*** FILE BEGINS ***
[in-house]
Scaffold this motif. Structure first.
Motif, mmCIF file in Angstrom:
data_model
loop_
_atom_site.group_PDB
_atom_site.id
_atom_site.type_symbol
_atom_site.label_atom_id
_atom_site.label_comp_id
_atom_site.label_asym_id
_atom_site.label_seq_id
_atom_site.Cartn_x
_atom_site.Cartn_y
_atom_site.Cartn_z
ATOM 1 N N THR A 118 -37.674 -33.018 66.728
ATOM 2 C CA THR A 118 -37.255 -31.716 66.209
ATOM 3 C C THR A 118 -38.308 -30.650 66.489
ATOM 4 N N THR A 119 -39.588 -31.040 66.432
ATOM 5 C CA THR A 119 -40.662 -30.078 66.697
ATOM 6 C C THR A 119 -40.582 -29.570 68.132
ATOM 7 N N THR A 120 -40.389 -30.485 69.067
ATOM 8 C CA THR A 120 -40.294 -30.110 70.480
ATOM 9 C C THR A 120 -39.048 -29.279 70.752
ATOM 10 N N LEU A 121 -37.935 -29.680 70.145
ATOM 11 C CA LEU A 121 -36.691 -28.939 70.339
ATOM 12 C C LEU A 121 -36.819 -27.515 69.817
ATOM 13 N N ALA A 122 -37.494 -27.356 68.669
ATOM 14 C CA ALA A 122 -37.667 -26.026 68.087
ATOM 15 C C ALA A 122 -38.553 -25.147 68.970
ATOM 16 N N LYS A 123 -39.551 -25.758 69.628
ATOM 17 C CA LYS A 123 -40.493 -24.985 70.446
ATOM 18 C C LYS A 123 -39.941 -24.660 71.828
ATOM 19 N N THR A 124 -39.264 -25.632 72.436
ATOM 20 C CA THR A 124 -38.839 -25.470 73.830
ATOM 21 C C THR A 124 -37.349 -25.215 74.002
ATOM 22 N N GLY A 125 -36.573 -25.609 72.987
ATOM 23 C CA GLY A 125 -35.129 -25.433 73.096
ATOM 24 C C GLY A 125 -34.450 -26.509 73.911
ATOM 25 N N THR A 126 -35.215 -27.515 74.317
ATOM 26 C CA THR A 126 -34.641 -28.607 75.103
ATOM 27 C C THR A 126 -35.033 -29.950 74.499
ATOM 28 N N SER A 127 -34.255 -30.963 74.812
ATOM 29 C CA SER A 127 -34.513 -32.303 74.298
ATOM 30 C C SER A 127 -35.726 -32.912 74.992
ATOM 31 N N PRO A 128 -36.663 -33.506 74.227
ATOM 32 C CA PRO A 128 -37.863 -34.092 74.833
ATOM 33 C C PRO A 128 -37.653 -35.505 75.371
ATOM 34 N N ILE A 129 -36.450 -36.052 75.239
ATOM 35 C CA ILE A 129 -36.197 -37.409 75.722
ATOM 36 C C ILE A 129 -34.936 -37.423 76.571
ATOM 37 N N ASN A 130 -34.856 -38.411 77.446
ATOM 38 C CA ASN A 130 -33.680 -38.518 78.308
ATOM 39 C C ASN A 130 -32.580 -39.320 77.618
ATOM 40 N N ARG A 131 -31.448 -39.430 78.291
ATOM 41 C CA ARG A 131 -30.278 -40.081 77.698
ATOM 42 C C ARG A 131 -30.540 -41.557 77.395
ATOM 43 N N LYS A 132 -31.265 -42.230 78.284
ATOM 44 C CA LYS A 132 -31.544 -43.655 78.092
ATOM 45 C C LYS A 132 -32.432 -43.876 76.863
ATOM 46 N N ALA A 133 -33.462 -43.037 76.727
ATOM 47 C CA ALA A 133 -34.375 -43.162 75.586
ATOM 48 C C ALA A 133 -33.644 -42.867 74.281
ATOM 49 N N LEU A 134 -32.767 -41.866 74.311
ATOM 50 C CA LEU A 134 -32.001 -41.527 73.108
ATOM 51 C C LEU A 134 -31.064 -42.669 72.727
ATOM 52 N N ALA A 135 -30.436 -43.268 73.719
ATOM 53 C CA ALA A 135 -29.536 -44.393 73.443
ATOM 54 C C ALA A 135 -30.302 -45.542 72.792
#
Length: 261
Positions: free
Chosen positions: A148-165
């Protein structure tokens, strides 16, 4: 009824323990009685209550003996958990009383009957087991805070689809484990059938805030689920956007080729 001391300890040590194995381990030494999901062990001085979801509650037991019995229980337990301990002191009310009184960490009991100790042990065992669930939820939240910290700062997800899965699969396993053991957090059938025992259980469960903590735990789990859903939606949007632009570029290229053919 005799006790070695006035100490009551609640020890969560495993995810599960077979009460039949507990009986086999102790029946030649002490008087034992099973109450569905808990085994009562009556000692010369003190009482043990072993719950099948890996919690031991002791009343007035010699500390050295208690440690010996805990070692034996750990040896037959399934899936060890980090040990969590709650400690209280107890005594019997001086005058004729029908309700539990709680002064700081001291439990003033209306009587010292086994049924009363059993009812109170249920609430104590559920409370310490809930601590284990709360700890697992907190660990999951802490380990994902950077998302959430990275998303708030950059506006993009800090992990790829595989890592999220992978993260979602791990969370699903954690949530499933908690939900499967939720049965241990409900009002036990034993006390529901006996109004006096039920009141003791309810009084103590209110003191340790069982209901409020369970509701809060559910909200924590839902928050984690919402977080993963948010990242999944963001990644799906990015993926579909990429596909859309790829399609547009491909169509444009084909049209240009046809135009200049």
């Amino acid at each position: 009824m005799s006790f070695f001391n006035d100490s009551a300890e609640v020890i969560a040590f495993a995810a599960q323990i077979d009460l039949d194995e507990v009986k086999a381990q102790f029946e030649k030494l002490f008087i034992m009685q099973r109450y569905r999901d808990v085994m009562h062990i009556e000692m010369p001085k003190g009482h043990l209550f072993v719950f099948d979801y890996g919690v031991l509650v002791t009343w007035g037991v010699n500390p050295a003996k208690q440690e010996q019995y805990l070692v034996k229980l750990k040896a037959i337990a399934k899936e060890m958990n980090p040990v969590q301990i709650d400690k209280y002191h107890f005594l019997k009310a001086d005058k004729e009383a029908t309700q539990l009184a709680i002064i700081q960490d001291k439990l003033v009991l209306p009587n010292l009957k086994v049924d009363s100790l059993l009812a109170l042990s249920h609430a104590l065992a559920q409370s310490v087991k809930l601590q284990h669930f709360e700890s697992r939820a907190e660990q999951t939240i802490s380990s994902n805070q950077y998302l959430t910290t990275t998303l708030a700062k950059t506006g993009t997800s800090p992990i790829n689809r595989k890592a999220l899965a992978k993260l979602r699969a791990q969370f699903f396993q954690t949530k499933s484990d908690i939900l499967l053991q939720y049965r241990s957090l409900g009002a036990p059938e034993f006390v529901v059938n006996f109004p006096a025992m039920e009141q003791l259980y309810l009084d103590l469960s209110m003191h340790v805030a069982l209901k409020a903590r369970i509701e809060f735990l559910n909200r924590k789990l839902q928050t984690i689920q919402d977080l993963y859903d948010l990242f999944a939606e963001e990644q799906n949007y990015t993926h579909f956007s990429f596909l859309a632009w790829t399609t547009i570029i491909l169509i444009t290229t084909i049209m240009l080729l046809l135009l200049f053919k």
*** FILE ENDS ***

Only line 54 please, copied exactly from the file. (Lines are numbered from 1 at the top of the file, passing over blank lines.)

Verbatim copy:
ATOM 39 C C ASN A 130 -32.580 -39.320 77.618